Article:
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At the age of 22, when I found out I had a giant tumour in my left leg, I hit the lowest point of my life.

When the doctor first broke the news to me that I have to undergo amputation, I thought to myself, “Huh ok. What should I do next with my life?” I was young and still in that happy-go-lucky mood. But talking about amputation and actually going through that are different worlds entirely.

The first time I saw myself without my leg, I felt completely devastated and hopeless.

Being physically whole and fit meant everything to me. As a military officer with the Singapore Armed Forces, I was able to do everything and anything I wanted. But as an amputee, I couldn’t do whatever I wanted anymore so I left the Army, left the life I knew I belonged to.

So what then? What did I have left? What could I do or what else was there left to do? It was at this point that I had suicidal thoughts. I have contemplated suicide many times since my amputation but it takes a lot of courage to actually do the deed. And I think I’m brave but not that brave.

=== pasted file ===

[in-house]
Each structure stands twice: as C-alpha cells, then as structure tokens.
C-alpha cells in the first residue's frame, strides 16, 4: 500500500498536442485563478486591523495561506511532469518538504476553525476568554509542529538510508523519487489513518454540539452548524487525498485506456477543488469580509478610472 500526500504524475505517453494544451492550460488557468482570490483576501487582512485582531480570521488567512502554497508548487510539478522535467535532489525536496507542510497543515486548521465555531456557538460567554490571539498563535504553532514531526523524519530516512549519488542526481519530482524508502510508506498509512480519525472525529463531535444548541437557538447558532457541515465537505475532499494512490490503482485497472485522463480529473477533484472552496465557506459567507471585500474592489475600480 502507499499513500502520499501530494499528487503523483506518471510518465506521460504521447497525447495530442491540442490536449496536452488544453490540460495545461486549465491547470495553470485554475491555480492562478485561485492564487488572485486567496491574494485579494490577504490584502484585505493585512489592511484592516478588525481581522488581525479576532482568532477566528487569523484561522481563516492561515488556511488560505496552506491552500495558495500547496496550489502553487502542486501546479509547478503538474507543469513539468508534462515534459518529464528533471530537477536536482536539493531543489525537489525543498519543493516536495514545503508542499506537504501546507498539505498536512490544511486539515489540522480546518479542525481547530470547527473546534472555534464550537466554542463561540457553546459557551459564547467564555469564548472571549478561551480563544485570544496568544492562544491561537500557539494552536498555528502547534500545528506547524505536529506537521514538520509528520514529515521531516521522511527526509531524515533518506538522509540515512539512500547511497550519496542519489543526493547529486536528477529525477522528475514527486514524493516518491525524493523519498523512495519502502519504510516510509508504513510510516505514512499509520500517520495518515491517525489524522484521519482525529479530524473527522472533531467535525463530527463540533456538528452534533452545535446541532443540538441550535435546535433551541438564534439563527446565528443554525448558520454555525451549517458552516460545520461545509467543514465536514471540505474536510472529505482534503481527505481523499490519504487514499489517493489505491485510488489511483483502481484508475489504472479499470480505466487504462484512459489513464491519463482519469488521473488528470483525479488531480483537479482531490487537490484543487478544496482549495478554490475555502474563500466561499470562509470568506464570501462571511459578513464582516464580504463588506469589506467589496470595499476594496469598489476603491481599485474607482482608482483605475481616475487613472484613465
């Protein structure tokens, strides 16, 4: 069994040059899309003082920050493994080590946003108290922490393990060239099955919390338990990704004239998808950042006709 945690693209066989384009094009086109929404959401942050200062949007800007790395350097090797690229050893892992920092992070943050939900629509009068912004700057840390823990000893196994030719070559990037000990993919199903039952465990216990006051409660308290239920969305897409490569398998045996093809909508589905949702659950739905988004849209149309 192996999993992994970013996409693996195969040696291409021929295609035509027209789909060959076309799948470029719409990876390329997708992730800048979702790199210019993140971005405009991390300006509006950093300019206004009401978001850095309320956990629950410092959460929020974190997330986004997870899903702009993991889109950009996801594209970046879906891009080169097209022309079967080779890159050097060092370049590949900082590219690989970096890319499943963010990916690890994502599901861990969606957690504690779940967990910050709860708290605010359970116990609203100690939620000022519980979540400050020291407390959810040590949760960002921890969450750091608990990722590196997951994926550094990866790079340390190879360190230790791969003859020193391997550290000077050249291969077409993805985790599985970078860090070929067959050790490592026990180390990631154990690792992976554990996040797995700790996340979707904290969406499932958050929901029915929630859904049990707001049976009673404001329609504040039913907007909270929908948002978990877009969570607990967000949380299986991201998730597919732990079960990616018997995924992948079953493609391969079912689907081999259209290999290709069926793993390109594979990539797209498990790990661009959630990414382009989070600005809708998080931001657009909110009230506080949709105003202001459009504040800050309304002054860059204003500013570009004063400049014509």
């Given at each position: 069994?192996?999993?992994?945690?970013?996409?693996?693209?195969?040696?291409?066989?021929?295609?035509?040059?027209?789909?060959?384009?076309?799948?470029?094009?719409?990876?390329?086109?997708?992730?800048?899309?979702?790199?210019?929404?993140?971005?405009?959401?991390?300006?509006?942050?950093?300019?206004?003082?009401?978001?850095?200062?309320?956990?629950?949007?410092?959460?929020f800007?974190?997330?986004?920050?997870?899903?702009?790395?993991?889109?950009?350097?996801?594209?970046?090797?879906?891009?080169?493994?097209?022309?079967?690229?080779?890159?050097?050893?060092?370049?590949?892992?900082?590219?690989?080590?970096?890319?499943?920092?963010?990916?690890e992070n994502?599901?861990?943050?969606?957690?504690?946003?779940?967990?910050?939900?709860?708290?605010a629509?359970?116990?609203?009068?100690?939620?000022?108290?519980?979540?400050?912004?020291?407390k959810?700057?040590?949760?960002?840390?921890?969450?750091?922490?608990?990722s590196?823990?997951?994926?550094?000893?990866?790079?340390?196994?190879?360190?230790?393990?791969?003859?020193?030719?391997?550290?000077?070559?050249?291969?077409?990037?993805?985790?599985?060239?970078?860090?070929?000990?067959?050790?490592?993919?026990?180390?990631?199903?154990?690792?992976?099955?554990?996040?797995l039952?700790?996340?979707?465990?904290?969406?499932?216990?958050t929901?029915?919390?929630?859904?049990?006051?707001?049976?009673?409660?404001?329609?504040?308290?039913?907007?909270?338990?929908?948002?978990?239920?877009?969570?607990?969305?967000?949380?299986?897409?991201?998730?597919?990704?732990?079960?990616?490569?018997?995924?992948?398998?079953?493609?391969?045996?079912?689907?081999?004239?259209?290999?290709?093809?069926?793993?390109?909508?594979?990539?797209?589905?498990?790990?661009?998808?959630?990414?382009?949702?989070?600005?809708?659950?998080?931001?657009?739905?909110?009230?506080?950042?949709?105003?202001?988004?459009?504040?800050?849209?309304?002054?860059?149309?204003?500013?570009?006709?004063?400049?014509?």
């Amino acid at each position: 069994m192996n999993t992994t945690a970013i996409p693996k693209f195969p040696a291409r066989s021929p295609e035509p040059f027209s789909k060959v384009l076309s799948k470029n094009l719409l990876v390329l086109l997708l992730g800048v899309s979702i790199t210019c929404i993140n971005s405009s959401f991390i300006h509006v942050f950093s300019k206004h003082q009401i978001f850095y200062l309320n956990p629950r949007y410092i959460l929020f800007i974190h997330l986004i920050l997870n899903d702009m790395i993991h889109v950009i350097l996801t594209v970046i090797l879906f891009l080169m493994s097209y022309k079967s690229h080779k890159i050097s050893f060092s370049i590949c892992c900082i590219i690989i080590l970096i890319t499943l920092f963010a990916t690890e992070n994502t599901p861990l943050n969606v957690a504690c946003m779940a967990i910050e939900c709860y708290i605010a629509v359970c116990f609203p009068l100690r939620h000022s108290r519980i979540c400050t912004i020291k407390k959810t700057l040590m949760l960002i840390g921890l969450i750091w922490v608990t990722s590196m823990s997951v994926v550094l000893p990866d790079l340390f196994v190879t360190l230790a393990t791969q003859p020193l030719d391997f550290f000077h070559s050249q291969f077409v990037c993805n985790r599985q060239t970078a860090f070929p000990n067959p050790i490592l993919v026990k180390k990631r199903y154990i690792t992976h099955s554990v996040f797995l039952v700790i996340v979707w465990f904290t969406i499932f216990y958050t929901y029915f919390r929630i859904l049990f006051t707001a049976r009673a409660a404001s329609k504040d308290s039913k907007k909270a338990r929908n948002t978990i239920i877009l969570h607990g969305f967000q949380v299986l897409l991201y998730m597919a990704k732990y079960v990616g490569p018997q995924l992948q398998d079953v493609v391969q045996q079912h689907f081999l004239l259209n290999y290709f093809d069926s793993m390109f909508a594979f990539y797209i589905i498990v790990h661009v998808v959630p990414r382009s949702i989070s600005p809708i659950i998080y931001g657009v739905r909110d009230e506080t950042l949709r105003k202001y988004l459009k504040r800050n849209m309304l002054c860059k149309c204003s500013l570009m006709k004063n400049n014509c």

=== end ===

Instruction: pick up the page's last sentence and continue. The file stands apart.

I also knew deep down, I would never and could never give up on life, give up on myself. The Army mantra drilled into my brain for years was, collapse or die trying but never give up.

So I lived on, I pushed on. Bit by bit, I reeled myself out of my depressive state. I was so glad and deeply appreciative to have my family throughout my ordeal. I knew I was difficult and put them through a lot but they never gave up on me, so why should I be the one to give up? 

Through powerlifting, I feel like I’m at the height of my fitness once again. Nowadays, I no longer feel I’m disabled and sometimes, I even forget about my disability when I’m among other people.

Though powerlifting is a very new sport, I love doing it and I hope it gains more recognition in Singapore after this ASEAN Para Games. It’s about sheer mental strength as much as it is about physical ability and there’re so many ways to progress in this sport.

That’s what sports should really be about, mental strength and not just physical power. When we train as hard as regular athletes and dedicate as much time, are we not one of them and nothing less? 


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